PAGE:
Swami Krishnanaanda, in Studies in Comparative Philosophy, points out that the “truth of mathematics and logic are not exclusively derived from sense-experience. Though the material necessary for the formulation of mathematical and logical laws is received by us through sensations, the laws themselves are not got from empirical observation; they are inherent in the mind itself as its essential make-up and method of working (p. 5). Mathematics and the rules of logic are innately understood by a human through the process of abstract thought. Abstract thinking is not natural and fails to be empirical because it cannot be experienced through the five senses. This method of thinking forces a person to understand complicated rules and symbols on an unnatural level. If this type of thinking were natural, everyone would be able to think and understand mathematical principles on an abstract level. If abstract thought were analogous to natural thought, than all humans would be able to understand trigonometry when they are taught the subject in the classroom. However, because mathematics and logical reasoning cannot be comprehended in a natural way, only a select number of people can fully grasp the principles these subjects have to offer.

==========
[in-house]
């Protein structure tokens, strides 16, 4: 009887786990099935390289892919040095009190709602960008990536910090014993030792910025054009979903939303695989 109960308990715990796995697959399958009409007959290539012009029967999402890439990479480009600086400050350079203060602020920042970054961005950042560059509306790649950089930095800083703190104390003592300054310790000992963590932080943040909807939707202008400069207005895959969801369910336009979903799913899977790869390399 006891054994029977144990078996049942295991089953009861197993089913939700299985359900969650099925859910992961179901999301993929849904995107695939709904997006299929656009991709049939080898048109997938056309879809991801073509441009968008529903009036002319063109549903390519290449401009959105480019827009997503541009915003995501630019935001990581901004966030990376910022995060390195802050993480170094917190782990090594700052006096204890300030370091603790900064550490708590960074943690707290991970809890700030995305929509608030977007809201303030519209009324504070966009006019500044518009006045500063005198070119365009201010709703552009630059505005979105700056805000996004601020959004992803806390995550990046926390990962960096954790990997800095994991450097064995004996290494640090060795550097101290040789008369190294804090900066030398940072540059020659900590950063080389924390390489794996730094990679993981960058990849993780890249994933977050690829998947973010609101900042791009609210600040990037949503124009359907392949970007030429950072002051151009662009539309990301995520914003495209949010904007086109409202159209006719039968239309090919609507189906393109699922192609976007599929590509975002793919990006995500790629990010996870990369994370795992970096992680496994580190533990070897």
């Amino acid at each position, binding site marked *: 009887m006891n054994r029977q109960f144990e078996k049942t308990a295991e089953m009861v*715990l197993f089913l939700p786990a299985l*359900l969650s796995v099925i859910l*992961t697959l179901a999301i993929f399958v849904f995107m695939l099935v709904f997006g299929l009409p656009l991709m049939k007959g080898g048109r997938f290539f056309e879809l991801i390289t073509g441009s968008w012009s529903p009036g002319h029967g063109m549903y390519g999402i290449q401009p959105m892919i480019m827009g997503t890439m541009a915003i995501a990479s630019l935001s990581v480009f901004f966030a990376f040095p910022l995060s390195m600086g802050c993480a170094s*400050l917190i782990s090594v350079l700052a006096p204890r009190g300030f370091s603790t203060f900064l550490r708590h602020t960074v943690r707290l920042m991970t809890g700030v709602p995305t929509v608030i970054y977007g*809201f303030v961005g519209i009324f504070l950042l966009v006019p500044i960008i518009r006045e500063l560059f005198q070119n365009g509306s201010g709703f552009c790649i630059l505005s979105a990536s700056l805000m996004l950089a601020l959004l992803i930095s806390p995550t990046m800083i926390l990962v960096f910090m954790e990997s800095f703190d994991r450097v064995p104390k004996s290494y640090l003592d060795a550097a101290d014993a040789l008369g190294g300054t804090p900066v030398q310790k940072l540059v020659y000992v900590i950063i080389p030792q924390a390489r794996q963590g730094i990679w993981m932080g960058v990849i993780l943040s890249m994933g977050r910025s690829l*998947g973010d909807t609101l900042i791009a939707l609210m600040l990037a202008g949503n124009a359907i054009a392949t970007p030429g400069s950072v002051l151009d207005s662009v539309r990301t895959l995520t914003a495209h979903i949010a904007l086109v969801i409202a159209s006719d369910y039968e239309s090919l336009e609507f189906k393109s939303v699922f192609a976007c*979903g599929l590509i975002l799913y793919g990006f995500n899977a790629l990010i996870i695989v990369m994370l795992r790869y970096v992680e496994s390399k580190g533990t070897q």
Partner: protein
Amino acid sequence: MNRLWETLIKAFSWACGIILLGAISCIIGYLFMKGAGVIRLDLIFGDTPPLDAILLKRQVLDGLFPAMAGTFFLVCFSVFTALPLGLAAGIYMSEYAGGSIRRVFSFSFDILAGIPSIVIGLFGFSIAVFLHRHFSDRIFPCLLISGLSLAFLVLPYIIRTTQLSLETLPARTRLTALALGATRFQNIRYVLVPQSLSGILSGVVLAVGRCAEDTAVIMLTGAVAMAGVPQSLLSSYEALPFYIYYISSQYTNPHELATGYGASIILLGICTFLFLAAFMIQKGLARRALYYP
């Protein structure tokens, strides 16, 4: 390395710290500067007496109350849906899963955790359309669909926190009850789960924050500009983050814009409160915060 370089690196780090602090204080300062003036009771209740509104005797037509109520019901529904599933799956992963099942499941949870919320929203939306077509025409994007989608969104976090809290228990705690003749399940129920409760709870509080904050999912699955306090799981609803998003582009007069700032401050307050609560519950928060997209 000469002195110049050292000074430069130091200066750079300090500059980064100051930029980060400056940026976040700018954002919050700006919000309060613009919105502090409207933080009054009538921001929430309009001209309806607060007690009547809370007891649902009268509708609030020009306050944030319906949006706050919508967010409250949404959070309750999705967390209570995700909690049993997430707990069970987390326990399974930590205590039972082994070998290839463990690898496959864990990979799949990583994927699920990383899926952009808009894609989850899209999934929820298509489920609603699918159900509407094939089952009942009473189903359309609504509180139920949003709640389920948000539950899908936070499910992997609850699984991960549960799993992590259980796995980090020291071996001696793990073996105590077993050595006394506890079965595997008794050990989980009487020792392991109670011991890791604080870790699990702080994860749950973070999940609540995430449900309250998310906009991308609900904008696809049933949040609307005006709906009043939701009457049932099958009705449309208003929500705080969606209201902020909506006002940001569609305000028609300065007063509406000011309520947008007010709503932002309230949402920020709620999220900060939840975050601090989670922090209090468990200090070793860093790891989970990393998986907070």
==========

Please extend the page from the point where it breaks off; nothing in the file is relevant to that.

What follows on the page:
Locke’s conception of knowledge has been interpreted to include “facts, which are things said or done, not dreams, visions, opinions, or even deductive systems” (Restoration Review 2). The problem with this definition of knowledge is that facts are only made factual because society ultimately comes to an agree that they are facts. If society did not agree that the ‘sky is blue’ for example, than those who observed the sky to be blue would only possess the opinion, not the factual knowledge that it is blue. Therefore, facts only become facts through consent, not observation. This assertion is supported through considering the different denominations of Christianity. Mormonism for example, does not acknowledge Jesus Christ as the Son of God. They only recognize Jesus as a prophet because Mormons, as a group, consents to this realization. The Baptist denomination, however, acknowledges Jesus as the Son of God because the Baptist convention accepts Jesus to be so. Neither denomination observed Jesus’ relationship to God, nor did they experience this conception with their five senses. Rather, they accept this idea as truth or ‘gospel’ because their groups have consented that this was true. Even if the two groups observed the relationship of Jesus and God through their sensory experiences, than the two groups would have come to the same conclusion: either Jesus is the son of God, or he is a mere prophet, not both. The mere disagreement of the two groups on the same topic suggests that they gained their knowledge by agreement, consent, opinion, and tradition, not through the senses of their individual congregants.